Many Republicans view that as a welcome prospect since the party base has moved in a direction that’s more closely aligned with Trump’s politics.
“Prior to 2015, there’s a good case to be made that the Beltway version of the Republican Party had been moving away from the base,” said Drew McKissick, the Trump-endorsed chair of the South Carolina GOP.
“What you saw in 2016 — with Trump beating 16 other qualified Republican candidates — was the rubber band snappin’ back. The base hadn’t moved. The Beltway had,” he said. “So there’s a continued ongoing reset; people are having to reorient themselves to where the base of the party actually is.”
To McKissick’s point, half of primary voters identify themselves as “Trump First voters” and only 43 percent identified as having primary loyalty to the GOP, according to a recent Echelon Insights poll.
“It’s what the base wants,” said Joe Kent, a Trump-endorsed Army veteran running against Washington state Rep. Jaime Herrera Beutler, who voted to impeach Trump. “The only good that came out of the election in 2020 and the impeachment votes is that we were able to really identify the establishment Republicans, country club Republicans, Republicans in name only, and make them vulnerable.”
Trump’s hands-on approach of choosing sides in party primaries contrasts with the style of his predecessor, former President Barack Obama, who typically refused to wade into contested primaries.
Tim Murtaugh, the former communications director for Trump’s campaign, said Trump’s endorsements are a manifestation of what party voters want.
“President Trump’s America First philosophy has very much become one of the core principles of the party,” said Murtaugh, who is serving as a spokesperson for Kelly Tshibaka, a Trump-backed primary challenger to Alaska Sen. Lisa Murkowski. “He’s supporting candidates who believe in the same thing. That’s where the party is now and it’s because of Trump.”
Murtaugh is also working for the Wyoming primary campaign of Harriet Hageman, who was endorsed last week by Trump to take on his top Republican target, Rep. Liz Cheney, the most recognizable Republican to vote for his second impeachment.
“President Trump maintains unprecedented influence over the Republican Party. As we see in elections across the country, there is only one lane for candidates to be successful: the Trump lane,” said a spokesperson for Trump. “Unsurprising, President Trump is already 10-0 in Republican elections. He will continue to weigh in to races to elevate the best candidates, while also continuing to weed out RINOs and sellouts.”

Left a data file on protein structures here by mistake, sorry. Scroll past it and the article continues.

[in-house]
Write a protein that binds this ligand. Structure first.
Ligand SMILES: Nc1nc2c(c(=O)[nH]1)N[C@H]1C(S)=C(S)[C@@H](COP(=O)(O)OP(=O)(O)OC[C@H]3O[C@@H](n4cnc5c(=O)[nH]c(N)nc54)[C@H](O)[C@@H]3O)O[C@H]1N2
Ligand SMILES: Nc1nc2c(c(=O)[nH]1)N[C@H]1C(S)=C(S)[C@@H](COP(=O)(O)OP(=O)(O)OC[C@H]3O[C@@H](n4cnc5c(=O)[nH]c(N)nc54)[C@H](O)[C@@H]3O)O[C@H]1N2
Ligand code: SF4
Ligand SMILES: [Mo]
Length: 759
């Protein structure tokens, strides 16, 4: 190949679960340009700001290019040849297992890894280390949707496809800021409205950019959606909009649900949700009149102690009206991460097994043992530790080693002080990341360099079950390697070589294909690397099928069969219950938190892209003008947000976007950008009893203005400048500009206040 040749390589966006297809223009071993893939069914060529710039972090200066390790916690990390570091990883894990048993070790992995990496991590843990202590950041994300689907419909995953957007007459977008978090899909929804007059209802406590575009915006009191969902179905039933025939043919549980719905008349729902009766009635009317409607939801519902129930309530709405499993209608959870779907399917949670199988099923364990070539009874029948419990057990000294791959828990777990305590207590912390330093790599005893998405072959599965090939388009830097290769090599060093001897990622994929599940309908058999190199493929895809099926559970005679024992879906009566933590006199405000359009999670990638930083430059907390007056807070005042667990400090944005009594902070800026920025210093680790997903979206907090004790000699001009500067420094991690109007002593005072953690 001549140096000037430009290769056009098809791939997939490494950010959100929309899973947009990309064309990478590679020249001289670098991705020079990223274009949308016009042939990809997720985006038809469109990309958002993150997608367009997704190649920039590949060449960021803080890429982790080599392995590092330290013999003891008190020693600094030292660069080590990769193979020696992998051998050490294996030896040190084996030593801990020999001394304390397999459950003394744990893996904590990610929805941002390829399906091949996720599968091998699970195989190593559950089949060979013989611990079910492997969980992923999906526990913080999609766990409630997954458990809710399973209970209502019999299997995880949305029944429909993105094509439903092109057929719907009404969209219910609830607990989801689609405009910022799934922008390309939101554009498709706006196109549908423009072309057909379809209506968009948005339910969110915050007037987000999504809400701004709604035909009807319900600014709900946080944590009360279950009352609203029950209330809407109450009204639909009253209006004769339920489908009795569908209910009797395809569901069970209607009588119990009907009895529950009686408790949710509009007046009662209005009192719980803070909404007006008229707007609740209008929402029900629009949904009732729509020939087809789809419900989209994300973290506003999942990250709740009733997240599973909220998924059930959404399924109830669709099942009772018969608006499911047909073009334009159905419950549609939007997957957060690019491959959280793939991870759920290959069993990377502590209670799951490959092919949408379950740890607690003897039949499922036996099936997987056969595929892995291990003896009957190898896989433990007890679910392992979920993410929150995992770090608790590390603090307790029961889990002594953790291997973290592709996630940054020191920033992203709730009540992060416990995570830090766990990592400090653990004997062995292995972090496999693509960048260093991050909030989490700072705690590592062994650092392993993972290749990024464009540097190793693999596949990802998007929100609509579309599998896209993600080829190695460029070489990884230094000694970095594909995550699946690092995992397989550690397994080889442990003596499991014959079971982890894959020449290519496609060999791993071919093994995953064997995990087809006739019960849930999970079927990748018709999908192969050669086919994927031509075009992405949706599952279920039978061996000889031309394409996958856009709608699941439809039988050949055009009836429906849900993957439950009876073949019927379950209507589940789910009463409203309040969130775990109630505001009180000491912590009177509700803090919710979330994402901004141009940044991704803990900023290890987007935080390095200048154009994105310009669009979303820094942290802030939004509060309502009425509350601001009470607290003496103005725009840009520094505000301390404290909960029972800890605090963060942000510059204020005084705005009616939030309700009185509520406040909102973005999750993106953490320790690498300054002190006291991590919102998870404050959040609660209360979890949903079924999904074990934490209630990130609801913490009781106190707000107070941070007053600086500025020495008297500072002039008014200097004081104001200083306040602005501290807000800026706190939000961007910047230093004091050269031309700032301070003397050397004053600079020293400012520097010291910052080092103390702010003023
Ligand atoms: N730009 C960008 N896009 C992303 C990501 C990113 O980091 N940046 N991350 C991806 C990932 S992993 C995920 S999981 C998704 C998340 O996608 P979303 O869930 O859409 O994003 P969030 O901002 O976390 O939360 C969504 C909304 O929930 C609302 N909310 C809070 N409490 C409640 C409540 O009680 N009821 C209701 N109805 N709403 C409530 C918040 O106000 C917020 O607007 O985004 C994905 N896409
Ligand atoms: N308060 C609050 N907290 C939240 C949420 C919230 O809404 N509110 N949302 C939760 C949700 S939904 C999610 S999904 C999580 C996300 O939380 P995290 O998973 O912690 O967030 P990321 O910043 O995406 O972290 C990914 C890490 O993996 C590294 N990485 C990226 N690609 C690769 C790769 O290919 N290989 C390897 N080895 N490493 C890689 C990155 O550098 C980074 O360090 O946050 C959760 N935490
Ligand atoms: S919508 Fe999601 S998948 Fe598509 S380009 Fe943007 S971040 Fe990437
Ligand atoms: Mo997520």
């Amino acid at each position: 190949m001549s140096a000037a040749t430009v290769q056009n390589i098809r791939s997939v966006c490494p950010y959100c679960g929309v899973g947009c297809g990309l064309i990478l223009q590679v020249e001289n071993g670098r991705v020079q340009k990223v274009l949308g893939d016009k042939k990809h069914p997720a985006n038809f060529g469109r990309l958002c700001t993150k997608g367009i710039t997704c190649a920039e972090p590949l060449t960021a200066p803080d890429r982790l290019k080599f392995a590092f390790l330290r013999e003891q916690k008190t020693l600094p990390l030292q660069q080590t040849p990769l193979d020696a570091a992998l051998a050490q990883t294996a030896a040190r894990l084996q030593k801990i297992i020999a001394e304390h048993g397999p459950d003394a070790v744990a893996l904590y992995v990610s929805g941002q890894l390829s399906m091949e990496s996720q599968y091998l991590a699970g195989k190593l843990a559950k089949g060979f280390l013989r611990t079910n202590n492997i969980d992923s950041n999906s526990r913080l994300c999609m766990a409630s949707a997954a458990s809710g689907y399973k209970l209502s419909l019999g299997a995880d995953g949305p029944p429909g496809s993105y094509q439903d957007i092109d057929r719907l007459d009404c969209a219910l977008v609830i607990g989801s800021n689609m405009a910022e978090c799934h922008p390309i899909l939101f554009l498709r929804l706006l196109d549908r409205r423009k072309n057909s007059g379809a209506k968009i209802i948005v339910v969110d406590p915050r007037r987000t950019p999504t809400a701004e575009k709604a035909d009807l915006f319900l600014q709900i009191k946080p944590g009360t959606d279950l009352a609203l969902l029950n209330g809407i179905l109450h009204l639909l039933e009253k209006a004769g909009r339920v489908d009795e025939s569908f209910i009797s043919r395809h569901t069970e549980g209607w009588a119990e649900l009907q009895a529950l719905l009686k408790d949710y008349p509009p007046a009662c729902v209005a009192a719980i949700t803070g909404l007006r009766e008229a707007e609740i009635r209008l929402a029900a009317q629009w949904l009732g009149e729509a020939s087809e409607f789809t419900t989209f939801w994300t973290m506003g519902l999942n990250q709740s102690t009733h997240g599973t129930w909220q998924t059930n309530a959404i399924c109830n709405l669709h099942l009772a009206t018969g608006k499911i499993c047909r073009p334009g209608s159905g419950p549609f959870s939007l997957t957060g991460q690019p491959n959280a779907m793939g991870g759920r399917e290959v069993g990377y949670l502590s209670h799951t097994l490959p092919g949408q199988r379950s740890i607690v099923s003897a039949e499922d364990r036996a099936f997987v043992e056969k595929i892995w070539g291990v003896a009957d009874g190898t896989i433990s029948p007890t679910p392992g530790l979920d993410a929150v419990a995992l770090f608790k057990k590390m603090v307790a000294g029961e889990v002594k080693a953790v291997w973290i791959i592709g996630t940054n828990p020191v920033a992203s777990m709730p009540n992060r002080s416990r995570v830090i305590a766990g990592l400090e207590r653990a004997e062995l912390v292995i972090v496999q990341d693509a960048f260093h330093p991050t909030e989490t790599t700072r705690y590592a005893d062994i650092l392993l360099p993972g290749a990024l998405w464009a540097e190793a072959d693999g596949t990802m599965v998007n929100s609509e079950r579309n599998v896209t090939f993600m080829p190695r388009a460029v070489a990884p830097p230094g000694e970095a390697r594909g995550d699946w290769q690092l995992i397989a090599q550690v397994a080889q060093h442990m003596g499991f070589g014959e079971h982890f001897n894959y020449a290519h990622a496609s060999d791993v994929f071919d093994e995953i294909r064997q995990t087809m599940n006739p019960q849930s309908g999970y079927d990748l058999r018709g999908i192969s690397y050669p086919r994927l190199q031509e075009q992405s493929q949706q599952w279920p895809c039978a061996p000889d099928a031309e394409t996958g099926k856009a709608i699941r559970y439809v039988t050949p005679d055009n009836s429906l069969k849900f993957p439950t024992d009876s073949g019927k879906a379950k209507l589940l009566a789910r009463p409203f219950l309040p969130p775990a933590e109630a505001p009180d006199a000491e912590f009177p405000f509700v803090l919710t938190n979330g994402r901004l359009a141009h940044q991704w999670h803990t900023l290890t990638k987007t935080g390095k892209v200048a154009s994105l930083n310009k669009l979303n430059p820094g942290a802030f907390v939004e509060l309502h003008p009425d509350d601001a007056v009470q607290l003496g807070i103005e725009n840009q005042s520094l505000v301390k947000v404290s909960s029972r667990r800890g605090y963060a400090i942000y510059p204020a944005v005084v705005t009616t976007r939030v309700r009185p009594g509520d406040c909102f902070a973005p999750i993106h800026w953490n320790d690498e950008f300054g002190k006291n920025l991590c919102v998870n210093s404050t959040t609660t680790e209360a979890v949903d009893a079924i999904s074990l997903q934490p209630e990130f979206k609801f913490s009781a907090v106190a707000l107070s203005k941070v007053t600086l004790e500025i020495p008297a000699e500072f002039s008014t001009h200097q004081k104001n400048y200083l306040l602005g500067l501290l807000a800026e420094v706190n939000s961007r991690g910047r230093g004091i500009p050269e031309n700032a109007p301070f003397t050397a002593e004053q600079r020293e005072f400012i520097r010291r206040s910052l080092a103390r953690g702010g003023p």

To varying degrees, Trump’s involvement in Senate and House primaries against incumbents puts him in conflict with Senate Minority Leader Mitch McConnell and House Minority Leader Kevin McCarthy, who have a mandate to protect their members.
Trump’s aggressive role in open Senate primaries is already exacerbating tensions with McConnell, who has made clear that electability — not fealty to Trump — should be the top standard in supporting a candidate.
In swing-state Pennsylvania, where support for Trump has become a litmus test in the crowded GOP primary to succeed retiring Republican Sen. Pat Toomey, the former president recently endorsed military veteran and author Sean Parnell.
So far, Trump has done little beyond issuing statements of support. He has given some candidates a boost in the form of a mention at rallies, or an appearance at a fundraiser, but strategists say he will have to start investing far more of his time and money into endorsed candidates to see any kind of significant impact.
A Trump endorsement is “table stakes,” said Matt Gorman, a GOP strategist and former communications director at the National Republican Congressional Committee. “The real key is what else he’s willing to do for you. A rally? Raise money? Ads on your behalf? That’s where the breakthrough most of the time really happens.”
Former Rep. Ryan Costello, who is considering a bid for Pennsylvania’s open Senate seat and has criticized Trump since retiring from the House, said Trump has made so many endorsements in so many races that it’s impossible to tease out the net effect of it all.
“Obviously, Trump is a score-settler,” he said. “Is Trump a kingmaker in a Republican primary? In many cases, yes. In a safe Republican seat, you’ll have a certain type of candidate he endorses who will win. But in swing seats, you could have a Trump candidate win the primary and lose the general because Trump is so toxic. That doesn’t bother Trump. But it’s a problem when we want to win more seats in the midterm.”